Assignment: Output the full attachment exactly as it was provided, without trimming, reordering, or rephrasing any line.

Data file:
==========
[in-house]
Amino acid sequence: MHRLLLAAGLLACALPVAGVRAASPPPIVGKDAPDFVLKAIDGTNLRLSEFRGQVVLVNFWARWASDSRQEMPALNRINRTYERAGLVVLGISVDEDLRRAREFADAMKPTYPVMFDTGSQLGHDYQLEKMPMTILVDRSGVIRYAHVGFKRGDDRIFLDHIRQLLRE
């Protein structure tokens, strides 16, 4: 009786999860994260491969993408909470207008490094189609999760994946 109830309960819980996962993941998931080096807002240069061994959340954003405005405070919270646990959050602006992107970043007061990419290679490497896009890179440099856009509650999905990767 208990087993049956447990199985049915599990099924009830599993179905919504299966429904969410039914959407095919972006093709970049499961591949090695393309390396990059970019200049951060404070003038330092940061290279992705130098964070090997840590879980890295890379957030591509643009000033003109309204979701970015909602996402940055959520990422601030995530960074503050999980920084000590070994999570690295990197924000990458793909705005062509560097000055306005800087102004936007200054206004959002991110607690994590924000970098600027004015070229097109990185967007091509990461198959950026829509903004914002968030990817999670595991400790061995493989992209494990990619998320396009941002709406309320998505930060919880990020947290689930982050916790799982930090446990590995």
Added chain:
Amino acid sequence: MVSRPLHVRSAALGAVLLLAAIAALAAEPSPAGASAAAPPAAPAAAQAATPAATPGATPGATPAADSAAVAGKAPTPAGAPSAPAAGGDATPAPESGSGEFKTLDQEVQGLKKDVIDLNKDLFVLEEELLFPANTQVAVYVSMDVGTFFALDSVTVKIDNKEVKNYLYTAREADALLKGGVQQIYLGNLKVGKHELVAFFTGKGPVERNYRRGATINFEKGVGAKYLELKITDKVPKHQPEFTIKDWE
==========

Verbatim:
[in-house]
Amino acid sequence: MHRLLLAAGLLACALPVAGVRAASPPPIVGKDAPDFVLKAIDGTNLRLSEFRGQVVLVNFWARWASDSRQEMPALNRINRTYERAGLVVLGISVDEDLRRAREFADAMKPTYPVMFDTGSQLGHDYQLEKMPMTILVDRSGVIRYAHVGFKRGDDRIFLDHIRQLLRE
């Protein structure tokens, strides 16, 4: 009786999860994260491969993408909470207008490094189609999760994946 109830309960819980996962993941998931080096807002240069061994959340954003405005405070919270646990959050602006992107970043007061990419290679490497896009890179440099856009509650999905990767 208990087993049956447990199985049915599990099924009830599993179905919504299966429904969410039914959407095919972006093709970049499961591949090695393309390396990059970019200049951060404070003038330092940061290279992705130098964070090997840590879980890295890379957030591509643009000033003109309204979701970015909602996402940055959520990422601030995530960074503050999980920084000590070994999570690295990197924000990458793909705005062509560097000055306005800087102004936007200054206004959002991110607690994590924000970098600027004015070229097109990185967007091509990461198959950026829509903004914002968030990817999670595991400790061995493989992209494990990619998320396009941002709406309320998505930060919880990020947290689930982050916790799982930090446990590995």
Added chain:
Amino acid sequence: MVSRPLHVRSAALGAVLLLAAIAALAAEPSPAGASAAAPPAAPAAAQAATPAATPGATPGATPAADSAAVAGKAPTPAGAPSAPAAGGDATPAPESGSGEFKTLDQEVQGLKKDVIDLNKDLFVLEEELLFPANTQVAVYVSMDVGTFFALDSVTVKIDNKEVKNYLYTAREADALLKGGVQQIYLGNLKVGKHELVAFFTGKGPVERNYRRGATINFEKGVGAKYLELKITDKVPKHQPEFTIKDWE